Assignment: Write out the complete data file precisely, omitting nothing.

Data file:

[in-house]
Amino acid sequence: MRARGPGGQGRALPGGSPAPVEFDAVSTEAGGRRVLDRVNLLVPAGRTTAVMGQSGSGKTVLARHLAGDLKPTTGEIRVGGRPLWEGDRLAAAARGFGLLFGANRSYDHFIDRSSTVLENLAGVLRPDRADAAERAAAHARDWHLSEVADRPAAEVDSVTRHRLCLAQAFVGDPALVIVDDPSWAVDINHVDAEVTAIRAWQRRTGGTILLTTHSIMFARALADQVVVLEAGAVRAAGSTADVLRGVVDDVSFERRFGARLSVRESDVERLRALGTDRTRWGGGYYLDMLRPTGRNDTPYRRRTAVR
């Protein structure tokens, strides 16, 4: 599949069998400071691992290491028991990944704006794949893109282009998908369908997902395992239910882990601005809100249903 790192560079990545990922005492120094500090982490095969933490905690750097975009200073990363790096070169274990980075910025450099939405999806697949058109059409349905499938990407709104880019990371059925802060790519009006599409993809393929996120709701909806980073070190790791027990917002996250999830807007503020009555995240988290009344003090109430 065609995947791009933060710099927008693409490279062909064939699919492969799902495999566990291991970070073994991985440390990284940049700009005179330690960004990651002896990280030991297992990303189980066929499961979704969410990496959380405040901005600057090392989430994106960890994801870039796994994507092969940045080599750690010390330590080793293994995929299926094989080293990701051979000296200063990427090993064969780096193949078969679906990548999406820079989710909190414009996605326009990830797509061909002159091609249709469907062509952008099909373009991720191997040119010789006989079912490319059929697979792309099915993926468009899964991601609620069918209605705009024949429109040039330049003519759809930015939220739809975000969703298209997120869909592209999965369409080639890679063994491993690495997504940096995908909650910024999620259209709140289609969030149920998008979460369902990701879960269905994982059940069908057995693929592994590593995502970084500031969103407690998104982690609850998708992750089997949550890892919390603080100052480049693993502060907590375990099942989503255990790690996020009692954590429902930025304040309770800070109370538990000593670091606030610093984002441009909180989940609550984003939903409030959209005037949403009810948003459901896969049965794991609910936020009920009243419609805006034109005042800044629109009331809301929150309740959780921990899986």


[in-house]
Amino acid sequence: MRARGPGGQGRALPGGSPAPVEFDAVSTEAGGRRVLDRVNLLVPAGRTTAVMGQSGSGKTVLARHLAGDLKPTTGEIRVGGRPLWEGDRLAAAARGFGLLFGANRSYDHFIDRSSTVLENLAGVLRPDRADAAERAAAHARDWHLSEVADRPAAEVDSVTRHRLCLAQAFVGDPALVIVDDPSWAVDINHVDAEVTAIRAWQRRTGGTILLTTHSIMFARALADQVVVLEAGAVRAAGSTADVLRGVVDDVSFERRFGARLSVRESDVERLRALGTDRTRWGGGYYLDMLRPTGRNDTPYRRRTAVR
């Protein structure tokens, strides 16, 4: 599949069998400071691992290491028991990944704006794949893109282009998908369908997902395992239910882990601005809100249903 790192560079990545990922005492120094500090982490095969933490905690750097975009200073990363790096070169274990980075910025450099939405999806697949058109059409349905499938990407709104880019990371059925802060790519009006599409993809393929996120709701909806980073070190790791027990917002996250999830807007503020009555995240988290009344003090109430 065609995947791009933060710099927008693409490279062909064939699919492969799902495999566990291991970070073994991985440390990284940049700009005179330690960004990651002896990280030991297992990303189980066929499961979704969410990496959380405040901005600057090392989430994106960890994801870039796994994507092969940045080599750690010390330590080793293994995929299926094989080293990701051979000296200063990427090993064969780096193949078969679906990548999406820079989710909190414009996605326009990830797509061909002159091609249709469907062509952008099909373009991720191997040119010789006989079912490319059929697979792309099915993926468009899964991601609620069918209605705009024949429109040039330049003519759809930015939220739809975000969703298209997120869909592209999965369409080639890679063994491993690495997504940096995908909650910024999620259209709140289609969030149920998008979460369902990701879960269905994982059940069908057995693929592994590593995502970084500031969103407690998104982690609850998708992750089997949550890892919390603080100052480049693993502060907590375990099942989503255990790690996020009692954590429902930025304040309770800070109370538990000593670091606030610093984002441009909180989940609550984003939903409030959209005037949403009810948003459901896969049965794991609910936020009920009243419609805006034109005042800044629109009331809301929150309740959780921990899986």